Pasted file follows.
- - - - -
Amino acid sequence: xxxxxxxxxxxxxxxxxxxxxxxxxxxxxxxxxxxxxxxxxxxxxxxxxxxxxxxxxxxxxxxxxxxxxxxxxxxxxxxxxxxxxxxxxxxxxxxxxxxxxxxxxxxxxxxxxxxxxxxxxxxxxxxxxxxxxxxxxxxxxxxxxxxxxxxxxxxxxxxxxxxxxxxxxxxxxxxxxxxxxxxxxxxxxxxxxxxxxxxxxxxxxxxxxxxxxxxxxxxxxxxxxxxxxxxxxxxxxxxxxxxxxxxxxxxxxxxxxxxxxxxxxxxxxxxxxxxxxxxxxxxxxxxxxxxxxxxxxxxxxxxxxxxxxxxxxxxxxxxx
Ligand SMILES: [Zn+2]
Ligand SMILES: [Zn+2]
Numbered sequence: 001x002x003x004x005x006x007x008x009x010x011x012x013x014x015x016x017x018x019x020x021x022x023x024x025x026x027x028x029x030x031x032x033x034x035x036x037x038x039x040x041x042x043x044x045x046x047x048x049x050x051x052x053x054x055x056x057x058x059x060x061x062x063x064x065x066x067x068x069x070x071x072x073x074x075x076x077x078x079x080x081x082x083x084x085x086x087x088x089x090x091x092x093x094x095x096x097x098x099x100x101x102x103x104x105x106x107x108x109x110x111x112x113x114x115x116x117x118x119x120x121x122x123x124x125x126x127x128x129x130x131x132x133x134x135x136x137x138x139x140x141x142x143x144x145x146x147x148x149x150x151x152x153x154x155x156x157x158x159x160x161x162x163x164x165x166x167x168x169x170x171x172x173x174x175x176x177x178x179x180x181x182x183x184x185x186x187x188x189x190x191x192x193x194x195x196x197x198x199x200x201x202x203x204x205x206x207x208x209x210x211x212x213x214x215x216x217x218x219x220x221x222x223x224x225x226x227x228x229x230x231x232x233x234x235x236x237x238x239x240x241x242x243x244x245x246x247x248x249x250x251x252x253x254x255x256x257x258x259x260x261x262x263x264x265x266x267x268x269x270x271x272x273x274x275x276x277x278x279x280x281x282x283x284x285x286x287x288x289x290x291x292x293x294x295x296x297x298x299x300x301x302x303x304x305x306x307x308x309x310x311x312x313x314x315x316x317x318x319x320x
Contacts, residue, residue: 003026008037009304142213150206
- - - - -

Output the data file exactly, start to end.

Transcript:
Amino acid sequence: xxxxxxxxxxxxxxxxxxxxxxxxxxxxxxxxxxxxxxxxxxxxxxxxxxxxxxxxxxxxxxxxxxxxxxxxxxxxxxxxxxxxxxxxxxxxxxxxxxxxxxxxxxxxxxxxxxxxxxxxxxxxxxxxxxxxxxxxxxxxxxxxxxxxxxxxxxxxxxxxxxxxxxxxxxxxxxxxxxxxxxxxxxxxxxxxxxxxxxxxxxxxxxxxxxxxxxxxxxxxxxxxxxxxxxxxxxxxxxxxxxxxxxxxxxxxxxxxxxxxxxxxxxxxxxxxxxxxxxxxxxxxxxxxxxxxxxxxxxxxxxxxxxxxxxxxxxxxxxxx
Ligand SMILES: [Zn+2]
Ligand SMILES: [Zn+2]
Numbered sequence: 001x002x003x004x005x006x007x008x009x010x011x012x013x014x015x016x017x018x019x020x021x022x023x024x025x026x027x028x029x030x031x032x033x034x035x036x037x038x039x040x041x042x043x044x045x046x047x048x049x050x051x052x053x054x055x056x057x058x059x060x061x062x063x064x065x066x067x068x069x070x071x072x073x074x075x076x077x078x079x080x081x082x083x084x085x086x087x088x089x090x091x092x093x094x095x096x097x098x099x100x101x102x103x104x105x106x107x108x109x110x111x112x113x114x115x116x117x118x119x120x121x122x123x124x125x126x127x128x129x130x131x132x133x134x135x136x137x138x139x140x141x142x143x144x145x146x147x148x149x150x151x152x153x154x155x156x157x158x159x160x161x162x163x164x165x166x167x168x169x170x171x172x173x174x175x176x177x178x179x180x181x182x183x184x185x186x187x188x189x190x191x192x193x194x195x196x197x198x199x200x201x202x203x204x205x206x207x208x209x210x211x212x213x214x215x216x217x218x219x220x221x222x223x224x225x226x227x228x229x230x231x232x233x234x235x236x237x238x239x240x241x242x243x244x245x246x247x248x249x250x251x252x253x254x255x256x257x258x259x260x261x262x263x264x265x266x267x268x269x270x271x272x273x274x275x276x277x278x279x280x281x282x283x284x285x286x287x288x289x290x291x292x293x294x295x296x297x298x299x300x301x302x303x304x305x306x307x308x309x310x311x312x313x314x315x316x317x318x319x320x
Contacts, residue, residue: 003026008037009304142213150206